A question rarely asked regarding the housing market today is whether prices are affordable. There seems to be this implicit belief that because prices have fallen so drastically that they somehow must reflect a bargain. This is not necessarily true. I think in our consumerist society people are conditioned to automatically assume that a lower price somehow means a good deal. Go to any mall after the Christmas shopping season and you’ll see “amazing” bargains for 50, 60, or even 70 percent off. But is it really a bargain? This question is not often asked yet this is the central tenet to the housing bubble that got many Americans into trouble.
In order to understand the housing market, we need to look at the income of the average American. Yet this is something that is usually removed from the equation when discussing housing policy. How do Americans pay for their mortgage? From an ever scarcer W-2 job yet Wall Street and policy makers have somehow consciously avoided focusing on this connection because headline unemployment is at 10 percent. But let us look at the relation of income to home prices over the decades:
Source: Visual Economics
Now this is a critically important chart. At the height of the bubble it took 473 percent of the median household income to purchase a median priced home. Compare this to 297 percent in 1975. The current number is 331 percent. But let us run our own numbers based on Census data. The median U.S. household income is $52,029 according to the 2008 Census (this number is lower for 2009 but data won’t be released until September of 2010). The current median home price is $172,600.
Median Household income: $52,029
Median U.S. home price: $172,600
But is this affordable? Not necessarily. First, let us look at the home ownership rate in the U.S.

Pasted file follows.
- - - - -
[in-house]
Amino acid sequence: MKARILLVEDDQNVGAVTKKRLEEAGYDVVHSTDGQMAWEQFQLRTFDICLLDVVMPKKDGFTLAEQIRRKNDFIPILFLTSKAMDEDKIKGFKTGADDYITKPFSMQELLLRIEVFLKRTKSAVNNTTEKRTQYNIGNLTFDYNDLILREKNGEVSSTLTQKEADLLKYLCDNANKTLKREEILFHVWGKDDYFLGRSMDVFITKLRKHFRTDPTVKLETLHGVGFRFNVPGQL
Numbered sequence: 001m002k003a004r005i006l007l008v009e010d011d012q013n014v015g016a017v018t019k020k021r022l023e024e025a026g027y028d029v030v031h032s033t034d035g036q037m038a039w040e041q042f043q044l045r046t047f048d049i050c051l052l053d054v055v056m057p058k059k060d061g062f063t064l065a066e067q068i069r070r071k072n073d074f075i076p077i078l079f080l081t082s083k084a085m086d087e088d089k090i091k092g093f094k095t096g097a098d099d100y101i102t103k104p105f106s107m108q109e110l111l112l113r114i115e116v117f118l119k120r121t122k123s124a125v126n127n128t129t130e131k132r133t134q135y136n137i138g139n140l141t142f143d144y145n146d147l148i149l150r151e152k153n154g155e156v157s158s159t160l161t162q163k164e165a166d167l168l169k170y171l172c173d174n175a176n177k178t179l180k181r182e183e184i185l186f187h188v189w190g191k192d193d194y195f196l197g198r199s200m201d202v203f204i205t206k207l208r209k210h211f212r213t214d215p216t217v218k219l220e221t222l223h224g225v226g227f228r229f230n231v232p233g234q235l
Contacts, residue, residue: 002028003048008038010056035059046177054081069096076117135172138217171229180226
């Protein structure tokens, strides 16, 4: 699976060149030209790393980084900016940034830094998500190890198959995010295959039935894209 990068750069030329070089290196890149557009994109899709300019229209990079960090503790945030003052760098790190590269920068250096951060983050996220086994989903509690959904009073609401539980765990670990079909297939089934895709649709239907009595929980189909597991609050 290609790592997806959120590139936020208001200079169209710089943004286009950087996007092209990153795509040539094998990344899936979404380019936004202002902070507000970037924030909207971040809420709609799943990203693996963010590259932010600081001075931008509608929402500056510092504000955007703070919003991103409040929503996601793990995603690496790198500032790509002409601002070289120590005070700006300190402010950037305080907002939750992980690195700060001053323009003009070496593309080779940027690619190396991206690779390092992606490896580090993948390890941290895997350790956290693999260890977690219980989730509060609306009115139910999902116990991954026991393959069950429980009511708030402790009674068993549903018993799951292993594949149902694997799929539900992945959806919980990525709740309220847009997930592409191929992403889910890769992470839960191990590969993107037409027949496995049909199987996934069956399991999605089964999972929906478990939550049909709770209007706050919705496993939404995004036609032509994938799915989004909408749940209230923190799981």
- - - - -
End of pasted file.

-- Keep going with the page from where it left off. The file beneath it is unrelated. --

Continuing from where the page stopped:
67.6 percent of U.S. households own their home. The housing situation is very much a majority issue for average Americans. This is where most Americans store their wealth. 51 million households have a mortgage while 23 million live in homes with no mortgage at all (approximately 30 percent). Let us run the numbers for someone looking to buy a home today with a FHA backed loan since this only requires a 3.5 percent down payment. Here are the numbers:
We’ll go ahead and use Texas since there is no state income tax there and it will give a better overall net income to the median income household. After taxes, the family is taking home roughly $3,570 per month. How much money down is need for a FHA backed loan? 3.5 percent and let us use the $172,600 median home price:
Down payment: $6,041
Now if we run the numbers, things look okay here:
$982.60 / $3,570= 27.5% Debt to Income (DTI)
Many bankers will even go with gross income so you will have a better ratio. However, taxes and insurance are other costs associated with owning a home. In Texas, these run anywhere from 2.5 to 3 percent. Let us add that in as well:
PI ($982.6) + TI ($431.5) = $1,414
Now, your housing payment is eating up nearly 40 percent of your income:
$1,414 / $3,570 = 39.6%
What about repairs? Landscaping? Garbage pickup? These are all other items associated with owning a home. Keep in mind we are using the median priced home in our example and not some extravagant home. This is what the average American is facing.
Even going back to 1975, prices would still need to fall to meet that price to income percentage:
$50,029 x 2.97 = $148,586
The median home price would need to fall an additional 13.9 percent to go back to 1975 affordability levels. I’ve seen a few articles mention home prices falling an additional 10 to 15 percent and this seems to fall in line with the above. Keep in mind this is important because buying a home is now based on income and monthly fixed outlays. The maximum leverage products like option ARMs are now a thing of the past. You now have to demonstrate via reportable income that you can afford a home. With unemployment so high this becomes a challenge.